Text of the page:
## Monday, July 25, 2016

How Bag of Words Model Can Work in Text Mining with Python?

The Bag of Words model, BOW, is a popular representation which is commonly used in natural language processing applications. In this model, a text document including several sentences and paragraphs is represented as the bag of the words included in that document, without considering syntax and the order of words. The main idea is to quantize each extracted key point into one of categorical words, and then represent each document by a histogram of the categorical words. The BOW feature design creates a vocabulary out of all the words in the training set and, for each example, creates a vector of word counts pertaining to that instance. Since the vector holds a place for each word in the vocabulary, the resulting BOW matrix is sparse (mostly zeros) because most words in the vocabulary don't appear in a given example.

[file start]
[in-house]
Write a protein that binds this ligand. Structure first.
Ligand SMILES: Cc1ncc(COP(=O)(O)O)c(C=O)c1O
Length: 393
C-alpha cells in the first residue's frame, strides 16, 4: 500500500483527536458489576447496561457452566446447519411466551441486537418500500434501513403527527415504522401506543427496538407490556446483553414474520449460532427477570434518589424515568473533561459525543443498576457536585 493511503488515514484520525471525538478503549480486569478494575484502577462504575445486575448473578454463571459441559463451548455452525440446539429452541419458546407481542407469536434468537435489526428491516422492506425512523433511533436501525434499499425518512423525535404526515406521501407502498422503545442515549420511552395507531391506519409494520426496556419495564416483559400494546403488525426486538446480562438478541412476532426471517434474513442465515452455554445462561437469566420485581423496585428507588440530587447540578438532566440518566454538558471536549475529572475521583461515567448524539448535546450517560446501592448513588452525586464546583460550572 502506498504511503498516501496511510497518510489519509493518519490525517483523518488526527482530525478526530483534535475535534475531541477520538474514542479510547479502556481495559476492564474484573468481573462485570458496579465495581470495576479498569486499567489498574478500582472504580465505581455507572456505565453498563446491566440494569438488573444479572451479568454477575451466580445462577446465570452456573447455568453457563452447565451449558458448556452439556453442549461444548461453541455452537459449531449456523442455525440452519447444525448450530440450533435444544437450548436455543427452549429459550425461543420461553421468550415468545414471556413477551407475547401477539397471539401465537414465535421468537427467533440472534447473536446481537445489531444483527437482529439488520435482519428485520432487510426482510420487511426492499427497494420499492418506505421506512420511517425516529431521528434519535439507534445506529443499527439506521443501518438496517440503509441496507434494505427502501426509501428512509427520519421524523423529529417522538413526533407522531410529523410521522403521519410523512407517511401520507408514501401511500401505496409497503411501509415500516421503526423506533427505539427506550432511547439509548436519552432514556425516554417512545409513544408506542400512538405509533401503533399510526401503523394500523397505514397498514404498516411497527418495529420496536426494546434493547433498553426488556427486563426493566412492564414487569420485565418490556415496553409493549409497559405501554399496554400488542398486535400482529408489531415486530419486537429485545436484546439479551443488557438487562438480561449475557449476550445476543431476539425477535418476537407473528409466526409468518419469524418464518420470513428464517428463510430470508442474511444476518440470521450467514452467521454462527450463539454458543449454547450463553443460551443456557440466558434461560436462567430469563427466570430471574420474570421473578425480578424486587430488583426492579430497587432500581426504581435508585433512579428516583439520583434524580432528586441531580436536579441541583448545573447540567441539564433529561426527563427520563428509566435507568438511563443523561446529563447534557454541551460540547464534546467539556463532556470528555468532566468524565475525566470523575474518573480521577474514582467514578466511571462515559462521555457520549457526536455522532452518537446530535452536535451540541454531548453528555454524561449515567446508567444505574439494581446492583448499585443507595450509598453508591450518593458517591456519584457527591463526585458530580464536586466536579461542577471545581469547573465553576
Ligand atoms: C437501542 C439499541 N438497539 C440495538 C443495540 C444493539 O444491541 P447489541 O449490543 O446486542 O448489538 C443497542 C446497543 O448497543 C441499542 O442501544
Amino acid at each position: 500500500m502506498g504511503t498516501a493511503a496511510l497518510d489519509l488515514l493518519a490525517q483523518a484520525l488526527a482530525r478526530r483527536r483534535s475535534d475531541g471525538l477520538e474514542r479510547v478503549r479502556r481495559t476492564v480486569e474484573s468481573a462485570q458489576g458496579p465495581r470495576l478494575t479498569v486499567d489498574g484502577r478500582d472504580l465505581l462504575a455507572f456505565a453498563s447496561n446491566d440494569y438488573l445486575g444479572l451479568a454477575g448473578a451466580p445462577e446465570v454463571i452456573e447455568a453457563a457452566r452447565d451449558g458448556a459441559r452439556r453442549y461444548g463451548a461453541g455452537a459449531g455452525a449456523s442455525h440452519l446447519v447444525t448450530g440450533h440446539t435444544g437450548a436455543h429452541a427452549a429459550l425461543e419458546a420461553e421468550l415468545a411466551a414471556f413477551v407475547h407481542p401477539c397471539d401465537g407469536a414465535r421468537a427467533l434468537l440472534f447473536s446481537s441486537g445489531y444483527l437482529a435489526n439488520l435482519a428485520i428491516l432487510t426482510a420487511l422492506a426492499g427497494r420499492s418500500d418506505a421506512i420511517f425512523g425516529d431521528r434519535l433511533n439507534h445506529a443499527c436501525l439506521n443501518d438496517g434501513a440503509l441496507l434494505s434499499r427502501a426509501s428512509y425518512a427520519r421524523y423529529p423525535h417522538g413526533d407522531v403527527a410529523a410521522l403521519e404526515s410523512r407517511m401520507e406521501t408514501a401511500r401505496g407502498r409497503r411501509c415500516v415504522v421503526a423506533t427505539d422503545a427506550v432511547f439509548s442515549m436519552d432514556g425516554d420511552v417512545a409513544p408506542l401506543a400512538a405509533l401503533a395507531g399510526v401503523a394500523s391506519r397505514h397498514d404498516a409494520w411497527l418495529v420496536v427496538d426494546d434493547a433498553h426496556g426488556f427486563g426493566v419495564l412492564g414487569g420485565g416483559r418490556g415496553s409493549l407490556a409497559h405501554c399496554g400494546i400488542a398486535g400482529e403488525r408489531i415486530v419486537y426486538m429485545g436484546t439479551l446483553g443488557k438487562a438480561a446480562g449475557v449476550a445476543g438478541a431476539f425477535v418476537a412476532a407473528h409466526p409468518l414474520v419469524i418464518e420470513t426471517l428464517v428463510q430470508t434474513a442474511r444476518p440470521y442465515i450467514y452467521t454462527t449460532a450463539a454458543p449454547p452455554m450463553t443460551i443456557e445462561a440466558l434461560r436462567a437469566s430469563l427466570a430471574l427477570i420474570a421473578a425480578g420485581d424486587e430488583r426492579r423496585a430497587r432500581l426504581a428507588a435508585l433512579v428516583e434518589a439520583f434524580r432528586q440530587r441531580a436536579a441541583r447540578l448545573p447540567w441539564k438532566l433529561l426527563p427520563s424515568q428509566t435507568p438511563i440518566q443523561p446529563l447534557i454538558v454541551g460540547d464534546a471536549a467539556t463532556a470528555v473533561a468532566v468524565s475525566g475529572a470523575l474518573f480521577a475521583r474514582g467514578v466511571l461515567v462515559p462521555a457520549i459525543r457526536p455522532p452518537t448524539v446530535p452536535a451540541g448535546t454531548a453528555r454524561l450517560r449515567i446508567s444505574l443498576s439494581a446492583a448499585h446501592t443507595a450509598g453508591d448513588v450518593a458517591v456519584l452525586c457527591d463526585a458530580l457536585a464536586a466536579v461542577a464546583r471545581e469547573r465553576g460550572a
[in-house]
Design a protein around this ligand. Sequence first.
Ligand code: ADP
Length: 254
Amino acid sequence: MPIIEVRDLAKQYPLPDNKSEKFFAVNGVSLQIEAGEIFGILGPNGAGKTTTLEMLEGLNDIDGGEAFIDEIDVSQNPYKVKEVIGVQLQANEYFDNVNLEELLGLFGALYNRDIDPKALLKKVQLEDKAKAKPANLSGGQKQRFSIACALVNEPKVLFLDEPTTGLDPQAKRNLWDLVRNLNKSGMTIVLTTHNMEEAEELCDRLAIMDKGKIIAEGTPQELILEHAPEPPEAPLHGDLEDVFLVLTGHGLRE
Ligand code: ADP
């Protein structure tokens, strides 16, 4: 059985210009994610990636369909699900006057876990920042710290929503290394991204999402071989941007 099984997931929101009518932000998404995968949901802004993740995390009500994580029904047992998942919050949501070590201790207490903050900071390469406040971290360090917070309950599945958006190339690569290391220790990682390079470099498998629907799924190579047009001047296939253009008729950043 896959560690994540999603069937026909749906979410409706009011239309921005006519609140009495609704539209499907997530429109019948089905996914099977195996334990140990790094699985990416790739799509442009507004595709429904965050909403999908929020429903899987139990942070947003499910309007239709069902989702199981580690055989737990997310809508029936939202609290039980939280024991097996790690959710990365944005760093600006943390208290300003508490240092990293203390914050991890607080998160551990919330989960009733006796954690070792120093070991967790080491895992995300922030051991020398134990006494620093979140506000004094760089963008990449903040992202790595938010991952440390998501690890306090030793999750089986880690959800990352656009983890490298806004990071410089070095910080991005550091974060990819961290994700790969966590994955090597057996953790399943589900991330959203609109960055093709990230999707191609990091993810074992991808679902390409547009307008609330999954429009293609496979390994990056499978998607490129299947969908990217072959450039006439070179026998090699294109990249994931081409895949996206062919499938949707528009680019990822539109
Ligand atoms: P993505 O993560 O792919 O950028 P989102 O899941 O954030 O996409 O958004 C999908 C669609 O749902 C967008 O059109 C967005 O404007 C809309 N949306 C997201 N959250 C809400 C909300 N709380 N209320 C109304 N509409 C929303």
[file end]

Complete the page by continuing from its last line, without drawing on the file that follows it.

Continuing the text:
One of its universal application is in document classification. In this case, the frequency of occurrence of each word from a dictionary is considered as an attribute for learning a classifier [1]. Salton and McGill proposed a Keyword Classification method to classify the documents into different categories providing a synonym dictionary for document indexing and query retrieval [2]. Furthermore, a statistical framework for generalizing the BOW representation is presented by Zhang et.al. for image processing inspired from text mining applications [3]. Voloshynovskiy et. al. also performs a survey for the analysis of the performance of BOW method to present a better understanding of this technique in terms of the robustness and accuracy in decision making. They also accomplished a successful experiment on real image data [4].